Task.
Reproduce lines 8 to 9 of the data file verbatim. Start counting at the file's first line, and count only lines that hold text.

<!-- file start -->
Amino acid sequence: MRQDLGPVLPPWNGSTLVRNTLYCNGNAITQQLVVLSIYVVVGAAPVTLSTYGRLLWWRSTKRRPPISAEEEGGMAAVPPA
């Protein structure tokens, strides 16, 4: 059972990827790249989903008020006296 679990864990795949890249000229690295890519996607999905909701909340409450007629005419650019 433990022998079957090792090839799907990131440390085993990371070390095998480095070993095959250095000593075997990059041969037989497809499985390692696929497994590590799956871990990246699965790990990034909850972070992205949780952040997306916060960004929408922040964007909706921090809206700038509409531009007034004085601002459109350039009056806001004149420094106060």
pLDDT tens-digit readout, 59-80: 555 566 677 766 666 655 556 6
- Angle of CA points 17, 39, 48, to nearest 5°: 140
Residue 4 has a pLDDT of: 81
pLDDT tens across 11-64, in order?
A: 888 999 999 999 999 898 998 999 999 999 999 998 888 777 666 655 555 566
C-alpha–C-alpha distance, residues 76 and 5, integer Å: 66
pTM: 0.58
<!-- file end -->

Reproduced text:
C-alpha–C-alpha distance, residues 76 and 5, integer Å: 66
pTM: 0.58